Most Important Checklist for Penetration of Web Server

Web Server

Web server pen checks under 3 key identity class, review, document vulnerability, configuration error, protocol relationship vulnerabilities, etc.

1. “The best way of testing the web server along with the various vulnerabilities is to perform a series of methodical and repeatable tests.”

2. “Collecting as a Much as Information” about an organization The main area to focus on in the initial stage of Web server pen testing is the operating environment.

3. Web server authentication testing; Social engineering techniques are used to collect human resources information; contact details; and other social information.

4. Gathering target information, using who is database query tools for obtaining the details like domain name, IP address, management details, autonomous system number, DNS, etc

5. Fingerprint web servers for collecting information, such as database title, server sort, operating systems, browser-based software, etc., use fingerprint scanning tools such as Netcraft, HTTPrecon, ID Server.

6. Crawl Website for the selection of Web pages with specific information, e.g. email addresses

7. List webserver directories to obtain important web functionality information, login forms, etc.

8. Perform a Cross-directory Attack to access Limited Directories and execute the command from the root directories of the Web server.

9. Vulnerability scans to find network weakness using vulnerability scanning software such as HPwebinspect, Nessus. and decide whether the program can be used.

10. We execute cache poisoning attacks, which causes the webserver cache to flush the actual contents of its cache and send a specific request that is stored in the cache.

11. HTTP response split attack for passing malicious information to a compromised request that includes data in an HTTP response header.

12. SSH, FTP, and other login credentials for Bruteforce to gain unauthorized access.

13. Hijacking session to grab valid client cookies and IDs, use tools like Burb Suite, Fire Sheep, hijack for automated session retrieval.

14. MITM attacks to control sensitive information by intercepting communication alterations between end-users and web servers.

15. Using internet advertisers and AWStats to test the web server logs.

Important checklist Microsoft suggested


  • Windows services that are unnecessary are deactivated.
  • Products with low-privileged accounts are going.
  • If the services FTP, SMTP, and NNTP are not required, they will be disabled.
  • Operation Telnet is disabled.


  • WebDAV is deactivated if the OR software is not used, if necessary it is protected.
  • NetBIOS hardened TCP / IP stack is disabled and SMB (close ports 137, 138, 139 and 445) are disabled.


    • Unused server accounts were deleted.
    • The password for visitors is disabled.
    • If the application is not used, the IUSR MACHINE account is disabled.
    • If anonymous access is needed to your applications, a custom anonymous account is created.
    • The anonymous account has no write access and does not execute command-line tools to the Web content directories.
    • Clear database account and password procedures are enforced.
    • Remote connections are minimal. (The user’s right to access this network computer is removed from the Everyone group.) Accounts are not shared between administrators.
    • Null sessions are disabled (anonymous logons).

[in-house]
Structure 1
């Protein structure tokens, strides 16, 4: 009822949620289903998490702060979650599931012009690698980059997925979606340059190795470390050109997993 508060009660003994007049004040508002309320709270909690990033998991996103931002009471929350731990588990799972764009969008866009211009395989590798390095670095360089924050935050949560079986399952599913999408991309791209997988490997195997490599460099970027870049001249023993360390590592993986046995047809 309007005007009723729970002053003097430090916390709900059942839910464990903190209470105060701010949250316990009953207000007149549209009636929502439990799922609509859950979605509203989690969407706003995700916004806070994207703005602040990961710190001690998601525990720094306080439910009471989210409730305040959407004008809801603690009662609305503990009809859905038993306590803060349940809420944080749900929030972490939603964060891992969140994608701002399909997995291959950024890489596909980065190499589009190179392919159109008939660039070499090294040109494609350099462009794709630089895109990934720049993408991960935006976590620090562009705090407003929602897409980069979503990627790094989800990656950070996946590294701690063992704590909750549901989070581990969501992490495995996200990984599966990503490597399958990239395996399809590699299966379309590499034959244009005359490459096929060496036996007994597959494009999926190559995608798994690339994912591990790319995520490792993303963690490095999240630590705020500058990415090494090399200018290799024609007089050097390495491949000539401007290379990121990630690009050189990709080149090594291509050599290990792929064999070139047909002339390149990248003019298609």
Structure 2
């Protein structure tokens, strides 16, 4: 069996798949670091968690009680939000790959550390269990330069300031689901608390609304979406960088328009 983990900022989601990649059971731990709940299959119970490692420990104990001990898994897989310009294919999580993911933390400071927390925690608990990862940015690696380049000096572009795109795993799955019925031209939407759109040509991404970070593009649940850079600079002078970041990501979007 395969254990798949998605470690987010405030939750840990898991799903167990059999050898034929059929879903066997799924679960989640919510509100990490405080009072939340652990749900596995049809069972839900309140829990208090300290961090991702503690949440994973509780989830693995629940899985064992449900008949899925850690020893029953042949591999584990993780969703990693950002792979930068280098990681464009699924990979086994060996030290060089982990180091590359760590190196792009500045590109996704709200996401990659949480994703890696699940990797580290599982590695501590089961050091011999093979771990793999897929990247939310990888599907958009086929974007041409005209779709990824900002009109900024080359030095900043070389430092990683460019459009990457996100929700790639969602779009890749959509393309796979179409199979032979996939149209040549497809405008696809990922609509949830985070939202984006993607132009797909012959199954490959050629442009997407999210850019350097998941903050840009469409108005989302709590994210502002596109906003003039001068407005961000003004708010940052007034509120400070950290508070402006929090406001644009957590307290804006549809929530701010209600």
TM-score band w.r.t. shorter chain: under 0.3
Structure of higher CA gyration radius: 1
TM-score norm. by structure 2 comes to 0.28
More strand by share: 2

• Approval is required for the delegation of accounts.
    • Users and managers do not share accounts.
    • In the Administrators group, there are no more than two accounts.
    • Administrators must log on locally OR the remote management solution is secure.

Files and Directories

    • The NTFS volumes contain files and directories. The contents of the website are stored on the non-system volume NTFS.
    • Log files are stored in an NTFS volume and not on the same volume where the content of the website resides.
    • The group Everyone (no access to \WINNT\system32 or web directories) is restricted.
      The root website directory has refused to write ACE for Internet anonymous accounts.
    • Data servers denied ACE writing to Internet anonymous accounts.
    • Remote application management is deleted. Tools, utilities, and SDKs are removed from the resource kit.
    • Sample applications are deleted. Any unwanted shares (including default management shares) are excluded.
    • Access to the necessary shares is limited (Everyone group has no access).
    • Administrative shares (C$ and Admin$) will be excluded when not requested (the shares include Microsoft Management System (SMS) and Microsoft Operations Manager (MOM).


    • Internet interfaces are limited to ports 80 (and 443 when using SSL).
    • Intranet traffic is encrypted (e.g. with SSL) or restricted if the data center infrastructures are not secure.


    • Access to the remote registry is limited.
    • The SAM (HKLM\System\CurrentControlSet\Control\LSA\NoLMHash) is safe.

Checking and reporting

    • Failed attempts at logon are audited.
    • Relocated and protected IIS log files.
    • According to the application security requirements, log files are configured with a suitable size.
    • Log files are archived and reviewed periodically.
    • Metabase.bin file access is audited.
    • IIS is designed for the auditing of the W3C Extended log file format.

Certificates of Server

    • Ensure the date ranges of the certificate are correct.
    • Use only certificates for their intended purposes (server certificates are not used for e-mail, for example).
    • Ensure that the public key of the certificate is valid, to a trusted root authority.
    • Confirm that the certificate was not withdrawn.
Mark Funk
Mark Funk is an experienced information security specialist who works with enterprises to mature and improve their enterprise security programs. Previously, he worked as a security news reporter.